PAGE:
The right to earn enough to provide adequate food and clothing and recreation;

    The right of every farmer to raise and sell his products at a return which will give him and his family a decent living;

    The right of every businessman, large and small, to trade in an atmosphere of freedom from unfair competition and domination by monopolies at home or abroad;

    The right of every family to a decent home;

    The right to adequate medical care and the opportunity to achieve and enjoy good health;

    The right to adequate protection from the economic fears of old age, sickness, accident, and unemployment;

    The right to a good education.

The rebuttal is often that health care is not a right in the Constitution.  That is obvious and nobody is arguing that it is, although FDR did argue that it should become one.  Should it?  Should people have adequate health care?  And why in our current system do some have it and others do not?

Maybe universal health care is just a dream that Americans cannot figure out how to implement, but I think things can only improve if someone gets us dreaming.  And the current proposal doesn't seem to be the answer, but what is?  We're in need of an answer, and quickly!

A Harvard study concludes that 45,000 Americans die each year prematurely due to being uninsured.  That's 123 people a day.  That's a man sitting on a recliner after a hard day of work who can't afford to go see if his chest pain is a heart attack or a woman who can't afford to get the lump in her breast examined.  That's our moms and dads, brothers and sisters.  Americans.

A Reply to Sin Isn't the Problem with the World, Theology Is

George Elerick just wrote an article on the Huffington Post:  Sin isn't the Problem with the World, Theology Is.

One of the comments stated the following.  I foolishly replied.

"But what did the unicorns say about it? The dragons? What about the fairy queen?

It's 2010, we need to stop this magical thinking. It is embarrassing that any functioning adult would believe this. No matter what nonsense you use to back it up. It's childish."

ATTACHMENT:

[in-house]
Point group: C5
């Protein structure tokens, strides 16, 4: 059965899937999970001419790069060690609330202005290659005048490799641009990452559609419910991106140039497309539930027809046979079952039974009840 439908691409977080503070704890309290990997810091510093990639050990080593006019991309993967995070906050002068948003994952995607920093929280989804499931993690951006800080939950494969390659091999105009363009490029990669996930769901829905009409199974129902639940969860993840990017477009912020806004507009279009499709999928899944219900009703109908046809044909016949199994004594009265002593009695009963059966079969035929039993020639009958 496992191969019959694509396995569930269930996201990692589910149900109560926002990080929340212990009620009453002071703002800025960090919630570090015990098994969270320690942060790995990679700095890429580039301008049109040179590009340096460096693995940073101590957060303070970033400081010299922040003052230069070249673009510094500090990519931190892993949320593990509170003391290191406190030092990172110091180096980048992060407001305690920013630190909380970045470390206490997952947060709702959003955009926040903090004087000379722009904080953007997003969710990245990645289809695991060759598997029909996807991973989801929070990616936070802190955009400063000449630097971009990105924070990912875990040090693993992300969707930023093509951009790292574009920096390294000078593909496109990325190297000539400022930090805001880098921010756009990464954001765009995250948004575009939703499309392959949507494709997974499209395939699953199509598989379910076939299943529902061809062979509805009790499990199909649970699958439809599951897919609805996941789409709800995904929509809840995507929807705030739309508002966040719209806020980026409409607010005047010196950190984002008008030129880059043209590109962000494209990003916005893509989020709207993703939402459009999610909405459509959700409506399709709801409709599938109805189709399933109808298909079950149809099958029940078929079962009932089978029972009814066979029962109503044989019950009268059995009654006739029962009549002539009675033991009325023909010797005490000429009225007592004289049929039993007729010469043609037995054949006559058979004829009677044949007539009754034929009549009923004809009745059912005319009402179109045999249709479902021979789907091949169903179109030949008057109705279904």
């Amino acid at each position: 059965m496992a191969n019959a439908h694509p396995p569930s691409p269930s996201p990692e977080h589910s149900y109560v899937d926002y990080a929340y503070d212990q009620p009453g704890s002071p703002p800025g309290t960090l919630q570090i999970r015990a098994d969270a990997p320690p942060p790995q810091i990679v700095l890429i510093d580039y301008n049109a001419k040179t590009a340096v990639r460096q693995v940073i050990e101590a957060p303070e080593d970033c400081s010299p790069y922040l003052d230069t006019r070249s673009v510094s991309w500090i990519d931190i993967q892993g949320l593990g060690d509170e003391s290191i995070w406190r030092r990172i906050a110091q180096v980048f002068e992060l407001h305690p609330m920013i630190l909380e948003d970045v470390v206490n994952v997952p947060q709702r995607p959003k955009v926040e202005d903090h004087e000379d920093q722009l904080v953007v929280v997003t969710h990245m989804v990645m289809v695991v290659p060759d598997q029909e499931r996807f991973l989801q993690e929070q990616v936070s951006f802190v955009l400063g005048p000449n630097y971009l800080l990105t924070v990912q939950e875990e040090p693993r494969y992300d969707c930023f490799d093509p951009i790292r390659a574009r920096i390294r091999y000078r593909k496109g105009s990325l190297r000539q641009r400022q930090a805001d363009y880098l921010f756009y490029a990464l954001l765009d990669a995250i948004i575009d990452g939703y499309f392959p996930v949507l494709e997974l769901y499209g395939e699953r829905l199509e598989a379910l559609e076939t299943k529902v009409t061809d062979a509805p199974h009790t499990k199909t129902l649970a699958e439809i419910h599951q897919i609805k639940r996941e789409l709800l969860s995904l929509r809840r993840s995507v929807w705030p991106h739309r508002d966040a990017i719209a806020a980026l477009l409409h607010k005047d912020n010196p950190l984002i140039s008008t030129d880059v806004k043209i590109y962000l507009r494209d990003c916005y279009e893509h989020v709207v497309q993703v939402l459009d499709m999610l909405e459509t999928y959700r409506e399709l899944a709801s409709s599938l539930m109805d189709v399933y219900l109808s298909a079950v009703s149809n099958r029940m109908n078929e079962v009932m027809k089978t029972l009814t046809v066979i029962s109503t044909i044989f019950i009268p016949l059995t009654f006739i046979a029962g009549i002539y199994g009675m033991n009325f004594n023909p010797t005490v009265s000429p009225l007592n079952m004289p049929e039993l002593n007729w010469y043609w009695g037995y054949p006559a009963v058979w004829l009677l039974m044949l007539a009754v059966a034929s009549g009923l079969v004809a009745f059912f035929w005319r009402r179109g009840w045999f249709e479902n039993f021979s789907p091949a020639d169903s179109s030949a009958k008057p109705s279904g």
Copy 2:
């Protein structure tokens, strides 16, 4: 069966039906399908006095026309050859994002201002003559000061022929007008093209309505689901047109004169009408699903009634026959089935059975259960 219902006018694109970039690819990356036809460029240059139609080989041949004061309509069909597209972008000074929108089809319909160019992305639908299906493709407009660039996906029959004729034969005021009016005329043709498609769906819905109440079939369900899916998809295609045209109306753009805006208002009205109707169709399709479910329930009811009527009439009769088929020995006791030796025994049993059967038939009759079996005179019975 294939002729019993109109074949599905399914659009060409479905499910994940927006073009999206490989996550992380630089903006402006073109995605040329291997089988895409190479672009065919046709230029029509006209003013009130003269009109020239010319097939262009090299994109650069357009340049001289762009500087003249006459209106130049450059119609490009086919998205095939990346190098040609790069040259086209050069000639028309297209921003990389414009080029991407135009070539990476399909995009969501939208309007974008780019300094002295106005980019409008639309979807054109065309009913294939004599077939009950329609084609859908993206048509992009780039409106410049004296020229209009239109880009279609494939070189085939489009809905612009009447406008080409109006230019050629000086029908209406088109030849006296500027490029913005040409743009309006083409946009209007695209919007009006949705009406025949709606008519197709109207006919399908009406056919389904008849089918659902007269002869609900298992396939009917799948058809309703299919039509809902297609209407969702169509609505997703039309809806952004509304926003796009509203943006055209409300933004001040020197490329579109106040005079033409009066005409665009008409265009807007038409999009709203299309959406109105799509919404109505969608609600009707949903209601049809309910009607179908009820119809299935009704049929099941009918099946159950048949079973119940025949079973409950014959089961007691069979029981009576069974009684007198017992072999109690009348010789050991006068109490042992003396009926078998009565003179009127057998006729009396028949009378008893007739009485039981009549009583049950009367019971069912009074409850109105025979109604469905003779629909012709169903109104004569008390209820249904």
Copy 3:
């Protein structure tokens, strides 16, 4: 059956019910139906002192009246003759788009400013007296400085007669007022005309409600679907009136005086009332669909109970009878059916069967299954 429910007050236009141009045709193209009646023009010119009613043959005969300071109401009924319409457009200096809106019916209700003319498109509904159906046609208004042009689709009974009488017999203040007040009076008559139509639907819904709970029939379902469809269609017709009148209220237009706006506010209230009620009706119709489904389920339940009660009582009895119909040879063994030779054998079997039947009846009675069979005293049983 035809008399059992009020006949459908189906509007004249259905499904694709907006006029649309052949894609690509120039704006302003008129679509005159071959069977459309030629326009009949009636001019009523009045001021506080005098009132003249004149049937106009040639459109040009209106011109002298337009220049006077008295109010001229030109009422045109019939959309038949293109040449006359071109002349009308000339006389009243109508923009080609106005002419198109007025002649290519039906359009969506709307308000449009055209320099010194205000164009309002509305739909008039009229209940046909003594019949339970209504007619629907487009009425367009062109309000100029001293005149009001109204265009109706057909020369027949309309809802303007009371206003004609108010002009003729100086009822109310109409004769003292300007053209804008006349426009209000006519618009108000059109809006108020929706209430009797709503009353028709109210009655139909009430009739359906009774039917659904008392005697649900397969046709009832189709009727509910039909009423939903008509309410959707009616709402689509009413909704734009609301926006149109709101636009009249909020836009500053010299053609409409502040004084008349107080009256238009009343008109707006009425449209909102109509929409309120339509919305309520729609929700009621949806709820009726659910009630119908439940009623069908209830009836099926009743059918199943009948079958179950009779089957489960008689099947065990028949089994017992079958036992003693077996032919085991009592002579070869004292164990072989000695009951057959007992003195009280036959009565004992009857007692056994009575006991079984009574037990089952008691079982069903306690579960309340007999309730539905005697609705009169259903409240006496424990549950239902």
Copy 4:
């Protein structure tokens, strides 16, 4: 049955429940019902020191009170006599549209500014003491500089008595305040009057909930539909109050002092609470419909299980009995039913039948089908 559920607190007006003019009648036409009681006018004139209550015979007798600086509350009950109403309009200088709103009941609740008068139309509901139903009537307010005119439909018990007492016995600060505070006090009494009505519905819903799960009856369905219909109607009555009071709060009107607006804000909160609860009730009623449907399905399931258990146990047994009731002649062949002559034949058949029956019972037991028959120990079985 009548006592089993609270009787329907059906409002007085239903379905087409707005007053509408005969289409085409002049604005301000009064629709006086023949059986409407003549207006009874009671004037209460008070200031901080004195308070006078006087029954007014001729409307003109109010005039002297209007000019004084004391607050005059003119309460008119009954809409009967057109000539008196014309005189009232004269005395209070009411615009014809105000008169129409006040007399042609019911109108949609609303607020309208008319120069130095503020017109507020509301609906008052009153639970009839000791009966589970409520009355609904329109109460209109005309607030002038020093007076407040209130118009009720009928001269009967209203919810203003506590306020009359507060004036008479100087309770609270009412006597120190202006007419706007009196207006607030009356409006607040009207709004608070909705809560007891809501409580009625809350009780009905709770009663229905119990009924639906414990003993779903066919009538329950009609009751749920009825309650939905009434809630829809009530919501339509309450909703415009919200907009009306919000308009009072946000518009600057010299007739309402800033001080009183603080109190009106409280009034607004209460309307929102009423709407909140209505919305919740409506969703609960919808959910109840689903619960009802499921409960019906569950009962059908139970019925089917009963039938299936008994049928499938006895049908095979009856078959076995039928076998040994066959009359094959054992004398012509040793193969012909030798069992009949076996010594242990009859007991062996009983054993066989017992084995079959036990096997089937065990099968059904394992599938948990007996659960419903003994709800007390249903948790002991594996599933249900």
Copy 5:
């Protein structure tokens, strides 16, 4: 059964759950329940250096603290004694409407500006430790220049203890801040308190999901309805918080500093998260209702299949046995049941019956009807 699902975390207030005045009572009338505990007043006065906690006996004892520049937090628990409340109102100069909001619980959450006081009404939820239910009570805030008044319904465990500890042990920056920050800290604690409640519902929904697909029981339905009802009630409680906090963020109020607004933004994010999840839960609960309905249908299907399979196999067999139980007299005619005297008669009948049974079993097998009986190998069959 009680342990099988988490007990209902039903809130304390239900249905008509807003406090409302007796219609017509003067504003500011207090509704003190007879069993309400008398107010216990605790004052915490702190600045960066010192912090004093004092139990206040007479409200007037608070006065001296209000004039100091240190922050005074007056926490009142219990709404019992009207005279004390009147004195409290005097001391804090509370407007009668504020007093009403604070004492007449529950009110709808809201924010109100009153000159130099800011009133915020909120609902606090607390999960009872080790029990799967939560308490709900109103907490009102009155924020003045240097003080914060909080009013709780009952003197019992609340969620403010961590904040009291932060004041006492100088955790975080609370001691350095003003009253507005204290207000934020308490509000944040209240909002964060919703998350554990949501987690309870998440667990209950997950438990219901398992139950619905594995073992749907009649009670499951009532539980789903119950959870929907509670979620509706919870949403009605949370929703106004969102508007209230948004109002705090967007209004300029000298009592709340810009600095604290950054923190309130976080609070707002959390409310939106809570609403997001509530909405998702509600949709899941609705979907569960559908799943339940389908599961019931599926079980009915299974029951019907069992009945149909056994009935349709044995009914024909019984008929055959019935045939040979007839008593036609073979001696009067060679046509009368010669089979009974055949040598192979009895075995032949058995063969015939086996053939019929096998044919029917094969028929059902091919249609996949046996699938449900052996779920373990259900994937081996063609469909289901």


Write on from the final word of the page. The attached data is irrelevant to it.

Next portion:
Before you disregard it because it is from the Bible, what do you think about the biblical approach to sin? The author took one approach - that sin is not significant or that it is not striving to better one's self. The Bible takes another. That we are all sinners. Too often humans like us live with an air of superiority to those who have different views or actions than we have. For instance, you called Christians "childish" demeaning their intellect.

When we live either the author's view or the biblical view out in the way we view others, both lead us to loving all of humanity and not looking down on others. Those people who wrote the letters and books that are contained in the Bible nearly 2000 years ago had that one figured out. What if the Bible's view on this is right?

And most Christians also don't want anything to do with Pat Robertson's form of Christianity.

We are each sinful, but we are also wonderfully made in the image of God. We can either wallow in our sin or we can train ourselves to be a reflection of His perfected image.

What is a pastor? Are You considering ministry?

I've been given the opportunity to teach a career class this morning on what a Pastor does for his job.  I'm going to talk about the basic things like education, spiritual disciplines, and the untypical work week, but my heart comes back to two things.

Having worked in the paid full-time ministry, then outside the paid full-time ministry, and now back in the paid full-time ministry, I am so grateful for the people who have set me apart to do ministry.  What a privilege I have to study Scriptures, pray, write, plan service opportunities, and visit with people for a living.  Although I believe that every Christian has the opportunity to be a full-time minister in whatever career they are in, I find it liberating to have as my sole focus bringing about God's will in the community I live in.

But with liberation, comes responsibility.  Paul wrote,